Positive psychological functioning in long-term practitioners of highest yoga tantras

Emily Jane Wolf, Fordham University

Abstract

The purpose of this study entailed examining psychological functioning in long-term practitioners of Tibetan Buddhist tantra. While recent meditation research has explored the psychological effects of general meditation (i.e., mindfulness) no studies have examined the long term psychological correlates and potential effects of tantric meditation practice. Data was collected via online surveys from participants who identified themselves as tantric practitioners (n= 83), participants with general meditation experience (n = 40), and participants with no meditation experience (n= 21). Years of tantric practice (Experience), average weekly tantric practice (Average Practice), and Quality of tantric practice (Quality) was hypothesized to be positively associated with higher overall psychological well-being (PWB), subscales of emotional intelligence (EI), positive affect (PA), basic positive emotions (PE), and self-transcendence, and negatively associated negative affect (NA) and basic negative emotions (NE). Pearson correlations were conducted to test these relationships. All three meditation variables demonstrated significant positive correlations with self-transcendence, and significant negative correlations with NA, NE, and attention to feelings (EI). Quality also demonstrated positive correlations with overall PWB, clarity of emotions (EI), PA, PE, as well as subscales of PWB. Experience, Average Practice, and Quality were also hypothesized to predict each of the positive psychological variables. Multiple regression analyses were conducted to test these hypotheses. The combination of the meditation variables significantly predicted Self-acceptance (subscale of PWB), clarity of emotions (EI), PA, PE, and self-transcendence. In all regression findings, Quality was the only predictor coefficient significantly related to the psychological variables. Last, MANOVAs were conducted to test the hypotheses that groups based on meditation experience as well as groups based on average practice will explain differences in psychological variables. Results indicated significant main effects for differences among Experience and Average Practice groups. The current study provided empirical evidence on the importance and impact of quality in meditative practices, demonstrated distinctions in psychological functioning between tantric meditators and non-tantric participants, examined an advanced method of meditation practice that has not been researched extensively, and added to current understanding of the psychological science in Indo-Tibetan Buddhist practices.^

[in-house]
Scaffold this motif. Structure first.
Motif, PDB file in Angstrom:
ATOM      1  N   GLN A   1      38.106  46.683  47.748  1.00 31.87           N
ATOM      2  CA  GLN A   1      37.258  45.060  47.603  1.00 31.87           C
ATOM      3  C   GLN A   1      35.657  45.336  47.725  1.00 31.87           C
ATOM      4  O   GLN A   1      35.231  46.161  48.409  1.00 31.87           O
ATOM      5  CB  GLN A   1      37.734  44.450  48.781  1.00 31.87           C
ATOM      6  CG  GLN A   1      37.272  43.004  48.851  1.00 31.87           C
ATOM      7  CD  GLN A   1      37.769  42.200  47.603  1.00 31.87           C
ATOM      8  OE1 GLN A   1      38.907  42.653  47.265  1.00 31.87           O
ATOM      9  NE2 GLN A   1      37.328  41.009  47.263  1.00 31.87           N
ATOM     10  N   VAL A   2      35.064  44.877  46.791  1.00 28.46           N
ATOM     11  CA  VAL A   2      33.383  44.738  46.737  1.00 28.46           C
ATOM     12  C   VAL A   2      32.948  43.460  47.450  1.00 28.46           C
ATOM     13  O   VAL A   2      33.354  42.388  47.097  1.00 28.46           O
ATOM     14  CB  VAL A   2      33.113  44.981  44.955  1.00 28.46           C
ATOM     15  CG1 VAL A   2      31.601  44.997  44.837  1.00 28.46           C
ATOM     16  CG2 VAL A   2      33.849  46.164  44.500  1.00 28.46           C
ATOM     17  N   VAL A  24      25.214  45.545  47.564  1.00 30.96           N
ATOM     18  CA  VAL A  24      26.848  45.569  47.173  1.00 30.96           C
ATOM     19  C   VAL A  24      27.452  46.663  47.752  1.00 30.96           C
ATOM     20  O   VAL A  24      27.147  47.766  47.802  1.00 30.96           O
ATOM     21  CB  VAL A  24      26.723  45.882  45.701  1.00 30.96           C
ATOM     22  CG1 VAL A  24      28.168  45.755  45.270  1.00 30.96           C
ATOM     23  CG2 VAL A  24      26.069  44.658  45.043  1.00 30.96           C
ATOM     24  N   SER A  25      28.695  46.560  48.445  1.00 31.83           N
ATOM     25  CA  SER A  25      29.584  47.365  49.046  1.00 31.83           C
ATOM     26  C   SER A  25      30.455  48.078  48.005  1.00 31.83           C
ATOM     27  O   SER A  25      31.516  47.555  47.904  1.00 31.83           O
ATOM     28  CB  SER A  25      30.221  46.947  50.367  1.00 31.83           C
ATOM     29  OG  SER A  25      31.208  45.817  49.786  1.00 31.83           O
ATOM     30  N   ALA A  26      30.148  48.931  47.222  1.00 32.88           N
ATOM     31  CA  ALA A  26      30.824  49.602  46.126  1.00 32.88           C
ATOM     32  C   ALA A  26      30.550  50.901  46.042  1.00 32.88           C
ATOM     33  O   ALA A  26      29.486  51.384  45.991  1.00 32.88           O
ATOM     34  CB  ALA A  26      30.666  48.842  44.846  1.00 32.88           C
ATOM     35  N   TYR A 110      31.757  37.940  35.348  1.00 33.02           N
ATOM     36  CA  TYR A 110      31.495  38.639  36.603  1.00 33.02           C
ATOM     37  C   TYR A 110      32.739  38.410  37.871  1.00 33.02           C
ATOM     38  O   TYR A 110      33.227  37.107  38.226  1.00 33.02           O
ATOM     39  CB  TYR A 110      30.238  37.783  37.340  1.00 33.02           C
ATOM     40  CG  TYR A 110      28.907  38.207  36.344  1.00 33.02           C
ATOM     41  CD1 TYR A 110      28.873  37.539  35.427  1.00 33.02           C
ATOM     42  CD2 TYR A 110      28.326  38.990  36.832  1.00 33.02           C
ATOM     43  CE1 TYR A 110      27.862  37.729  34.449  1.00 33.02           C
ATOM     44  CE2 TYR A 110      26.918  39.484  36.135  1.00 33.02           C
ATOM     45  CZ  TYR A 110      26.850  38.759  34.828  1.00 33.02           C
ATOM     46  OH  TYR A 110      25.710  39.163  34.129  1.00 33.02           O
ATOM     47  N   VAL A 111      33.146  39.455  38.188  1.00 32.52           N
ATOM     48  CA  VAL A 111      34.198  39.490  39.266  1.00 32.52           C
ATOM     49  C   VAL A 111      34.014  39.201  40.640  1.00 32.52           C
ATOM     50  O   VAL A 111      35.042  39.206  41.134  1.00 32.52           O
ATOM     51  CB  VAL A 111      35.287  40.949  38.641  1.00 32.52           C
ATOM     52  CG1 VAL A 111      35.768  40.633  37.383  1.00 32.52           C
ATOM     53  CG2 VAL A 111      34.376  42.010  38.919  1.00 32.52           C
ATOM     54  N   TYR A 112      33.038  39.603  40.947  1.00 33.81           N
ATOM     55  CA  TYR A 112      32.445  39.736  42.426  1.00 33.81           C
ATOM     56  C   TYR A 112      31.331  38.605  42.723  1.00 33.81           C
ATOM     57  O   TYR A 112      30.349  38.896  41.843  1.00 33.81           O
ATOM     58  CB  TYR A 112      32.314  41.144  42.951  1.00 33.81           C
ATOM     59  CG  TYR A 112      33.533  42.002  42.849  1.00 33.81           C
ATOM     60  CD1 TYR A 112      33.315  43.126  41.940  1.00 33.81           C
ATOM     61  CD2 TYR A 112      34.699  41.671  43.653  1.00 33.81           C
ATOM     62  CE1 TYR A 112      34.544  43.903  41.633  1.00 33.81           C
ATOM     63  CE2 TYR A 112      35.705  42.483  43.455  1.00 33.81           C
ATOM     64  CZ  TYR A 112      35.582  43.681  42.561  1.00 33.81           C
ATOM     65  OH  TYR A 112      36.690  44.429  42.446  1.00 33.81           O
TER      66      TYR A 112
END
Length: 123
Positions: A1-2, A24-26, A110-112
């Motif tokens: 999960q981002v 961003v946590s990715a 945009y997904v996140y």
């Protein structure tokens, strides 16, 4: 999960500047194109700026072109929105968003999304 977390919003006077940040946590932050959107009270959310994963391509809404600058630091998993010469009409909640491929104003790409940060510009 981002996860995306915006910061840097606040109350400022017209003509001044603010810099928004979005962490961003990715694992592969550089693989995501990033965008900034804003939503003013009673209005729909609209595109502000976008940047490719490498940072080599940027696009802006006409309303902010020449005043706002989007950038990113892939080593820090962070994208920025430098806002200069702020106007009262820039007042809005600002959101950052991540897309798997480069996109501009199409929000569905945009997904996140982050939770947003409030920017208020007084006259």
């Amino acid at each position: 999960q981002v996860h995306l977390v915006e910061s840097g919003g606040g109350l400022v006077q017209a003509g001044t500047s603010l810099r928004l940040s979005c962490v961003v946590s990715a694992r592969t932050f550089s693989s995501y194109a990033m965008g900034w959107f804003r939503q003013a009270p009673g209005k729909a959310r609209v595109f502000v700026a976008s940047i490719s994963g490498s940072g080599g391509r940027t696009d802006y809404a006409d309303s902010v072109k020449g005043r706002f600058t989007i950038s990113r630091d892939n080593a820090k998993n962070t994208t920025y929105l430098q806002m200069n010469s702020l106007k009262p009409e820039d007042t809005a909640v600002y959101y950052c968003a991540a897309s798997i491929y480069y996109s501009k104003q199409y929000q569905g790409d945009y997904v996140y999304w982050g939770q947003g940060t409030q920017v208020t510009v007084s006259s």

Subject Area

Psychology, Personality|Psychology, Physiological

Recommended Citation

Emily Jane Wolf, "Positive psychological functioning in long-term practitioners of highest yoga tantras" (January 1, 2011). ETD Collection for Fordham University. Paper AAI3461906.
http://fordham.bepress.com/dissertations/AAI3461906

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